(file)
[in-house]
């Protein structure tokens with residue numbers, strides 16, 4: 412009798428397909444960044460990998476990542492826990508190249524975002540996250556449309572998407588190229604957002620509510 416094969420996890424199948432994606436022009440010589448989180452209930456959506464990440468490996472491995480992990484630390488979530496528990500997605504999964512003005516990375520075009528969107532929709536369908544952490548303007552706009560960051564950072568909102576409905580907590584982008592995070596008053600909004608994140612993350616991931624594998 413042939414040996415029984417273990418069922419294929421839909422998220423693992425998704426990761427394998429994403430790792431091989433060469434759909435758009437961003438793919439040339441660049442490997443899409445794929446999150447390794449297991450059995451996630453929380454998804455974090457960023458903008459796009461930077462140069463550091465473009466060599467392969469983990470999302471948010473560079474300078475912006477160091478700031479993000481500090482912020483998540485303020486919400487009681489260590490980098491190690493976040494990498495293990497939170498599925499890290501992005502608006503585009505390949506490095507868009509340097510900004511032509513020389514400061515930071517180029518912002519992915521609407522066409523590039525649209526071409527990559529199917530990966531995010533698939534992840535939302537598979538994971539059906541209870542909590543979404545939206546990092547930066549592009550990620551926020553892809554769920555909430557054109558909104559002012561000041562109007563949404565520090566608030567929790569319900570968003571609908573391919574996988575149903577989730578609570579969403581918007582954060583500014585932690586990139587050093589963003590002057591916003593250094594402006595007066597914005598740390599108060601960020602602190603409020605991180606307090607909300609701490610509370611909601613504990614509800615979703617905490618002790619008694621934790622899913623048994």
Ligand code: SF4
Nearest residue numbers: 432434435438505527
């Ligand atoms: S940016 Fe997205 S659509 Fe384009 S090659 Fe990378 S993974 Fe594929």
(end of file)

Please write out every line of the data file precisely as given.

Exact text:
[in-house]
């Protein structure tokens with residue numbers, strides 16, 4: 412009798428397909444960044460990998476990542492826990508190249524975002540996250556449309572998407588190229604957002620509510 416094969420996890424199948432994606436022009440010589448989180452209930456959506464990440468490996472491995480992990484630390488979530496528990500997605504999964512003005516990375520075009528969107532929709536369908544952490548303007552706009560960051564950072568909102576409905580907590584982008592995070596008053600909004608994140612993350616991931624594998 413042939414040996415029984417273990418069922419294929421839909422998220423693992425998704426990761427394998429994403430790792431091989433060469434759909435758009437961003438793919439040339441660049442490997443899409445794929446999150447390794449297991450059995451996630453929380454998804455974090457960023458903008459796009461930077462140069463550091465473009466060599467392969469983990470999302471948010473560079474300078475912006477160091478700031479993000481500090482912020483998540485303020486919400487009681489260590490980098491190690493976040494990498495293990497939170498599925499890290501992005502608006503585009505390949506490095507868009509340097510900004511032509513020389514400061515930071517180029518912002519992915521609407522066409523590039525649209526071409527990559529199917530990966531995010533698939534992840535939302537598979538994971539059906541209870542909590543979404545939206546990092547930066549592009550990620551926020553892809554769920555909430557054109558909104559002012561000041562109007563949404565520090566608030567929790569319900570968003571609908573391919574996988575149903577989730578609570579969403581918007582954060583500014585932690586990139587050093589963003590002057591916003593250094594402006595007066597914005598740390599108060601960020602602190603409020605991180606307090607909300609701490610509370611909601613504990614509800615979703617905490618002790619008694621934790622899913623048994």
Ligand code: SF4
Nearest residue numbers: 432434435438505527
């Ligand atoms: S940016 Fe997205 S659509 Fe384009 S090659 Fe990378 S993974 Fe594929």